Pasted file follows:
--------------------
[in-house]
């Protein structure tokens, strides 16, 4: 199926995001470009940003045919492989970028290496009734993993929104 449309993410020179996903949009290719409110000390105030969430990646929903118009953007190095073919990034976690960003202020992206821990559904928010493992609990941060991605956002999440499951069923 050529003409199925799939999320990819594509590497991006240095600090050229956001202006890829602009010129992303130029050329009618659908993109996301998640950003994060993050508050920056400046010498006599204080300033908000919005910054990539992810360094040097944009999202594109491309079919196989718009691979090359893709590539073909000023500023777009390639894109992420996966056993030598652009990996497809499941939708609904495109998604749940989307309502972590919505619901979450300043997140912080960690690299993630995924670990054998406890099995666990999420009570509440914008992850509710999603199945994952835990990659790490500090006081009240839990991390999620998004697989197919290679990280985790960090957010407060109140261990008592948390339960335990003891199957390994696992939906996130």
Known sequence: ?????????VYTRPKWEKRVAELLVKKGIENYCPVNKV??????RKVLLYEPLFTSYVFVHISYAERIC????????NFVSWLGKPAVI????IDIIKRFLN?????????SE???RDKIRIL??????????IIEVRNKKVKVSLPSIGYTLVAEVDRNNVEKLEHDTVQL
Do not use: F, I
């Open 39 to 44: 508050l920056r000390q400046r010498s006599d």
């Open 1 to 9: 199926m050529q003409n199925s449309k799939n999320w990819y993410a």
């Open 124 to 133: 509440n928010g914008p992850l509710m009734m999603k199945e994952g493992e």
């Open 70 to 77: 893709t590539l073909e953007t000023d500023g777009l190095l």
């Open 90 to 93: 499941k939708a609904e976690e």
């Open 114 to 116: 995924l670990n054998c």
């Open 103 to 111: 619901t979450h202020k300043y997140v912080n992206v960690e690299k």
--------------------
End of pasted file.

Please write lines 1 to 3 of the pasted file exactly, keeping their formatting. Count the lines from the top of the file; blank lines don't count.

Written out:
[in-house]
């Protein structure tokens, strides 16, 4: 199926995001470009940003045919492989970028290496009734993993929104 449309993410020179996903949009290719409110000390105030969430990646929903118009953007190095073919990034976690960003202020992206821990559904928010493992609990941060991605956002999440499951069923 050529003409199925799939999320990819594509590497991006240095600090050229956001202006890829602009010129992303130029050329009618659908993109996301998640950003994060993050508050920056400046010498006599204080300033908000919005910054990539992810360094040097944009999202594109491309079919196989718009691979090359893709590539073909000023500023777009390639894109992420996966056993030598652009990996497809499941939708609904495109998604749940989307309502972590919505619901979450300043997140912080960690690299993630995924670990054998406890099995666990999420009570509440914008992850509710999603199945994952835990990659790490500090006081009240839990991390999620998004697989197919290679990280985790960090957010407060109140261990008592948390339960335990003891199957390994696992939906996130």
Known sequence: ?????????VYTRPKWEKRVAELLVKKGIENYCPVNKV??????RKVLLYEPLFTSYVFVHISYAERIC????????NFVSWLGKPAVI????IDIIKRFLN?????????SE???RDKIRIL??????????IIEVRNKKVKVSLPSIGYTLVAEVDRNNVEKLEHDTVQL